THE ROCK: Chapter 2

THE GOSPEL ACCORDING TO MALCOLM
“Look to the rock from which you were cut and the quarry from which you were hewn.”
 Isaiah 51:1
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Malcolm was all of a few months old when I met him for the first time back in 1997 and he didn’t seem like much of a rock to me.  More like a powdered cream pastry or a lump of Crabapple blossoms freshly blown from a tree. Or the thing that sat atop Albert Einstein’s head well after he was a genius.  I didn’t know what to think of him.
Malcolm, though nameless to me then, had kind, curious and unexpected eyes that drew me in.   But what I couldn’t see at the time was a stoic and ancient story behind those eyes and that the white and innocent fluffiness of the Great Pyrenees belies an intense and fierce nature.
While their exact origins are uncertain, it’s widely believed that Pyrenees date back to 1,000 BCE and is one of the oldest pure breeds still extant.  They hail from the mountain range that bears their name and were born and bred by Basque farmers to protect their livestock from wolves, a job they performed then and now expertly.  
I didn’t know any of this when I stared at him in the back of my Nissan Pathfinder, still ambivalent and wondering what in the hell I had gotten myself into.  Picturing it now, the contrast was stark; his small, wobbly body all alone in the rear of my empty and capacious SUV.  I wonder if he was as unsure as I was about the arrangement but what I did know, I had to eat and since I was in Austin that morning that meant Ruta Maya.
As I was ordering a café au lait and one of their righteous blueberry muffins I stopped mid-request and said, “No, make that two.”  After all, the lil’ feller had to eat and who wouldn’t love a muffin in the morning?  Feeling pretty damn pleased with myself and already owning up to my new role, I fed Malcolm his half and he graciously ate every last buttery, sugary crumb.
Yep, things we going just swell on my drive back to Castroville when I heard a gurgling, churning sound like something being dredged up from the bowels of hell.  And then that cute little Crabapple spewed the Ruta Maya muffin all over my SUV.  Oh, but he wasn’t done yet.
Somehow, blueberries triggered a chain reaction that went from his fore to his aft and he squirted poop like a Jackson Pollock painting.  Only the canvas was the cloth interior of my Pathfinder.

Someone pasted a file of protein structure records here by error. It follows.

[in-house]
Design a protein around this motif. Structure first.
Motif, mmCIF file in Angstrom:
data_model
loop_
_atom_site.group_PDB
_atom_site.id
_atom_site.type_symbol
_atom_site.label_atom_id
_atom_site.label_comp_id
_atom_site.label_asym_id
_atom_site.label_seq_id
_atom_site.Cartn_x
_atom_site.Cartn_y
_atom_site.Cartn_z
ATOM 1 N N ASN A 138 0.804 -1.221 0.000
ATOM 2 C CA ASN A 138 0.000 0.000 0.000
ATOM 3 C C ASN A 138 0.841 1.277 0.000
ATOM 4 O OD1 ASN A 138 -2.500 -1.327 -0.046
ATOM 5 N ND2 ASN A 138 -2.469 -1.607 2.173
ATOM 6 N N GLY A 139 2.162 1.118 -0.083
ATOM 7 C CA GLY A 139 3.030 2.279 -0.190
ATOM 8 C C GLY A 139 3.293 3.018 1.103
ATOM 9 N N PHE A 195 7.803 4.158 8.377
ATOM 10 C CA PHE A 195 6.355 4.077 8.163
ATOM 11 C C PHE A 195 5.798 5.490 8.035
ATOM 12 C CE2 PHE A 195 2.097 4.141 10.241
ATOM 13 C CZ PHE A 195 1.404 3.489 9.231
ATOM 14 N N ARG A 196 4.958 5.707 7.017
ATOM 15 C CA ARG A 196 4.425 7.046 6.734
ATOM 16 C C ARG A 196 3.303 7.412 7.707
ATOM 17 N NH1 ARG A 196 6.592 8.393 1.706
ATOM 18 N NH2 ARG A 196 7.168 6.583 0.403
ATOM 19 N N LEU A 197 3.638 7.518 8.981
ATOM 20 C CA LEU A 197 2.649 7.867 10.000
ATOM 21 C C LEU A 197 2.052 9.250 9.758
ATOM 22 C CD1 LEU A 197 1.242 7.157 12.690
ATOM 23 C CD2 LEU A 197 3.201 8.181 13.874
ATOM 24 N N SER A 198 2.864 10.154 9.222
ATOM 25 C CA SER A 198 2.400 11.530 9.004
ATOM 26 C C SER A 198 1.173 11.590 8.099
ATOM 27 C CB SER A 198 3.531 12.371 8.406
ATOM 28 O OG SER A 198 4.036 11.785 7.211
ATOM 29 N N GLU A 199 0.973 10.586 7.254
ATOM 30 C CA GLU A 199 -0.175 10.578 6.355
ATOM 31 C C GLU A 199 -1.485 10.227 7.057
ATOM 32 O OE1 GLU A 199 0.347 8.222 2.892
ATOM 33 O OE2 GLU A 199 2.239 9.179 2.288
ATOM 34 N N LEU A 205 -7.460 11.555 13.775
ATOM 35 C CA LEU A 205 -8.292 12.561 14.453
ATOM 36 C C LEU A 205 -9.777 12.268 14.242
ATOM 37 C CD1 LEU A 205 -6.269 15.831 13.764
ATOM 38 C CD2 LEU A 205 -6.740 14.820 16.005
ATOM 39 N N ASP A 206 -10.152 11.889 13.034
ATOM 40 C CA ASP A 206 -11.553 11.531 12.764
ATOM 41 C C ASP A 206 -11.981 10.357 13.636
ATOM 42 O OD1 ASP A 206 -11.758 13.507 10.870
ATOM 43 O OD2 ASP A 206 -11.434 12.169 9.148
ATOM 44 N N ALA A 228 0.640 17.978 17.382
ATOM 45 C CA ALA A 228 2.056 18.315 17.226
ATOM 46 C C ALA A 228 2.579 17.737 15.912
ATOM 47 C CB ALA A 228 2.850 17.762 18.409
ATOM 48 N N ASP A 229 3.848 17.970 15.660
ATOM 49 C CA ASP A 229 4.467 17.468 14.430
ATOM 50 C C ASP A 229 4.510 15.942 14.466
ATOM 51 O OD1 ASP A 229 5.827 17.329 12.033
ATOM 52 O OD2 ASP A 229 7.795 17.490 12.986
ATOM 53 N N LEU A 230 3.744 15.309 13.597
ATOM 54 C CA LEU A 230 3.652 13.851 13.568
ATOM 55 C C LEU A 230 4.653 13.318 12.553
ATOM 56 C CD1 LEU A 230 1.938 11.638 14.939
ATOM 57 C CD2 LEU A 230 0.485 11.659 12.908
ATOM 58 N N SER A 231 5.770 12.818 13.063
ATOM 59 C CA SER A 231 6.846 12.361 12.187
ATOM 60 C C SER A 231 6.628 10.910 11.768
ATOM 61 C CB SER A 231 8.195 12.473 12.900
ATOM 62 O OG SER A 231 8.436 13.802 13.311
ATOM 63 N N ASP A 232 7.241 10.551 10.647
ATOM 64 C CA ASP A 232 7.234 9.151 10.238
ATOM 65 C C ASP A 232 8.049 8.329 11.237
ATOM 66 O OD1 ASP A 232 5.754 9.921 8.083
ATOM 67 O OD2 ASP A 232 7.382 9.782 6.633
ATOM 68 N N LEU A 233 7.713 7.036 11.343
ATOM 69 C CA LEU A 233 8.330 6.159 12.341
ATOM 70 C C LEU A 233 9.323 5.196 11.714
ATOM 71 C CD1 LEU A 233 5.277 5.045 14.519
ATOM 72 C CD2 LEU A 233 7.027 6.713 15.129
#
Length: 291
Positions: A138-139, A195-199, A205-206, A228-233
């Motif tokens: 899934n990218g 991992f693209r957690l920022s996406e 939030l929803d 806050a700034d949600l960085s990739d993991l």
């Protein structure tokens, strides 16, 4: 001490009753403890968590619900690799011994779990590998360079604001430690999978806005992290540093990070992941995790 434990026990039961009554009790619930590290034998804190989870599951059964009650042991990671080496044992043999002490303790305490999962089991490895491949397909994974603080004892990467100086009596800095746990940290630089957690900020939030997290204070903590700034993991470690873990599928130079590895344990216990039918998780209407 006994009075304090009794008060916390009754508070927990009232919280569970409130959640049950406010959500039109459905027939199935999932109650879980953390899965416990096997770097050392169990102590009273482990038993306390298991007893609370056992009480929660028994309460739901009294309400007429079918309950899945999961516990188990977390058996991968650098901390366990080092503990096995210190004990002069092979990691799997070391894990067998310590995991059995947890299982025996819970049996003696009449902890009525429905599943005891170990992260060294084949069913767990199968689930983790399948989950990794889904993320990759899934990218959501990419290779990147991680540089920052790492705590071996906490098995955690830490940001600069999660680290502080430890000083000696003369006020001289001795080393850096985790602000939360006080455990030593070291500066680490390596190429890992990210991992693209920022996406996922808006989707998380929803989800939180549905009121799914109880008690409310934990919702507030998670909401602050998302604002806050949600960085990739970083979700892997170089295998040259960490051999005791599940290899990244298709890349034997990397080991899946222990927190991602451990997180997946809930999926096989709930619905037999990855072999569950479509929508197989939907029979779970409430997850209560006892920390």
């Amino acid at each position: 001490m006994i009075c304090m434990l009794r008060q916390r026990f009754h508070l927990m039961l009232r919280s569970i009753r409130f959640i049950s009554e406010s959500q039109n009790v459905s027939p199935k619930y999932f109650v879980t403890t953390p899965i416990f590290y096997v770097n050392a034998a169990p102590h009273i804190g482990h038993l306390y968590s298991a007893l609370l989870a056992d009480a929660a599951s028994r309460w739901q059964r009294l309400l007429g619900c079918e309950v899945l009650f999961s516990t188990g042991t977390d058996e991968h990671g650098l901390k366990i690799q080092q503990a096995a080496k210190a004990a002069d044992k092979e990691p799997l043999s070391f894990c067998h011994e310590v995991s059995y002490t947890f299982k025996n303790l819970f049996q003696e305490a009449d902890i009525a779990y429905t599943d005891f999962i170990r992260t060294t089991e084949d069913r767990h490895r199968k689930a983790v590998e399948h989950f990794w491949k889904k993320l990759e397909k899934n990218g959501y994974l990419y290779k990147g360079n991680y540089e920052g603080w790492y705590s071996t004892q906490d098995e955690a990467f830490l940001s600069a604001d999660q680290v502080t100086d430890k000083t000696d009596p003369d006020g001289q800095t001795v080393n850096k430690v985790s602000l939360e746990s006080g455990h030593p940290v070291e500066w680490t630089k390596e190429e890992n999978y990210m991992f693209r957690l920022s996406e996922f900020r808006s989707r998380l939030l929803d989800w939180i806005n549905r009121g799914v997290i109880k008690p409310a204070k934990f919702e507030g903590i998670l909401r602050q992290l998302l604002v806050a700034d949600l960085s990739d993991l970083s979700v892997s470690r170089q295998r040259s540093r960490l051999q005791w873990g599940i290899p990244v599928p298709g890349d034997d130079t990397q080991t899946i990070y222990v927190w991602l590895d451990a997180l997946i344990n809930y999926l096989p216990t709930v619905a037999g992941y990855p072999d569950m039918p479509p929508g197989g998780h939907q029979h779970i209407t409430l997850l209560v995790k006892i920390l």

I once read an article about senses having memory.  How long after you hear a song can you recall the singer and album?  When do you forget the name of the person you just met?  What scientists found is smell has the longest and most eternal of memories.

Case in point.  You’ll never forget the acrid, eye watering, migraine inducing smell of a skunk after your first introduction.  And til the day I die, I’ll never lose the memory of what happens when you combine blueberries and feces.  All I could think about while I was still trying not to swerve off of I-35 was the scene from Stephen King’s movie Stand By Me about blueberry pies and the state fair.
I pulled off the interstate at the nearest rest stop and, after cranking out every single paper towel from the dented, rusty, dispenser, cleaned up the mess Malcolm had made.  Surprisingly, given my upbringing, I wasn’t mad or mean to him.  I just went about it, cleaning the truck as best I could.  But I couldn’t help wondering if I made the wrong choice not only for me but for Malcolm, too.  After all, I had just fed him something that clearly was disagreeable to his digestive system and it had become apparent I had no idea what I was doing.   
We were somewhere around New Braunfels and the Canyon Lake exit, about the halfway point to Castroville, and I was wrestling with myself.  I should just take him back.
But I didn’t.  I slid into the driver’s seat, put the gear into drive and headed down south on the freeway.  All I could think was, “This is going to be a long trip home.”
Some fifteen years later, and we’re still so far away.  

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Next week, Chapter 2 continues

2 Dogs 2,000 Miles

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